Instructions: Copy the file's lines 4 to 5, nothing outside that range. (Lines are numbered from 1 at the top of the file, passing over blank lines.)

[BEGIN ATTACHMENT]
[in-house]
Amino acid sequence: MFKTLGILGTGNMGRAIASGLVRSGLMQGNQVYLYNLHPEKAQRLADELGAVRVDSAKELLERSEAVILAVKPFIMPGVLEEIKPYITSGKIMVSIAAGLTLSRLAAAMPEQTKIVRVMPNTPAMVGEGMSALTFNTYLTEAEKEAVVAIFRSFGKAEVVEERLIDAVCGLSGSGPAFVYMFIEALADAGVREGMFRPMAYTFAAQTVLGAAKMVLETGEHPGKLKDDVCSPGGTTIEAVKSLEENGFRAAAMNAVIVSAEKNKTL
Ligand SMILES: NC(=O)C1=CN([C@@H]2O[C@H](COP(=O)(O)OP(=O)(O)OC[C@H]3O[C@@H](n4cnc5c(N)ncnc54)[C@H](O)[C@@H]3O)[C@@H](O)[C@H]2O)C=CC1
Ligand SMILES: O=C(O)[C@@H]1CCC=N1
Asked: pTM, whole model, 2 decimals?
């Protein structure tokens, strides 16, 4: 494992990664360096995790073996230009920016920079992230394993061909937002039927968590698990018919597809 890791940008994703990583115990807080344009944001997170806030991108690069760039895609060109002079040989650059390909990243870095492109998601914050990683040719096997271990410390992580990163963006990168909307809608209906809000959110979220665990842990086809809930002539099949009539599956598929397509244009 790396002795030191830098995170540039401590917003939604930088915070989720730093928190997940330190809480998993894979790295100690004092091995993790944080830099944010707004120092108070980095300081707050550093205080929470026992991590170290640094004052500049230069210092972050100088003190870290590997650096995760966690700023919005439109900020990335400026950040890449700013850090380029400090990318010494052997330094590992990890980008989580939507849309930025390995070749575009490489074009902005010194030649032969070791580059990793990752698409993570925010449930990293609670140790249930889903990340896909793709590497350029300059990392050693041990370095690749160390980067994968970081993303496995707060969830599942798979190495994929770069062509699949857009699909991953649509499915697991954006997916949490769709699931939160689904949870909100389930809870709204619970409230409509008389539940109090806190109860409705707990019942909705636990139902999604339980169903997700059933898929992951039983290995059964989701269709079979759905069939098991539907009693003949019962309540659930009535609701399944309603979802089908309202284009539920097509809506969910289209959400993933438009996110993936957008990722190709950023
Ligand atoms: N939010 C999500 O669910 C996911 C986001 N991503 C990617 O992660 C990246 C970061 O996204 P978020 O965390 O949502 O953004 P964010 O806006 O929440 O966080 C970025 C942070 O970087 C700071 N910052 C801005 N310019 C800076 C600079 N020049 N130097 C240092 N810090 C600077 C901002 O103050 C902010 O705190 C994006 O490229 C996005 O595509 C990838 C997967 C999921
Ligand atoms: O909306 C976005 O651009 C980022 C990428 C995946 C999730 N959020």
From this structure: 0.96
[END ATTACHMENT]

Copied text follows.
Ligand SMILES: O=C(O)[C@@H]1CCC=N1
Asked: pTM, whole model, 2 decimals?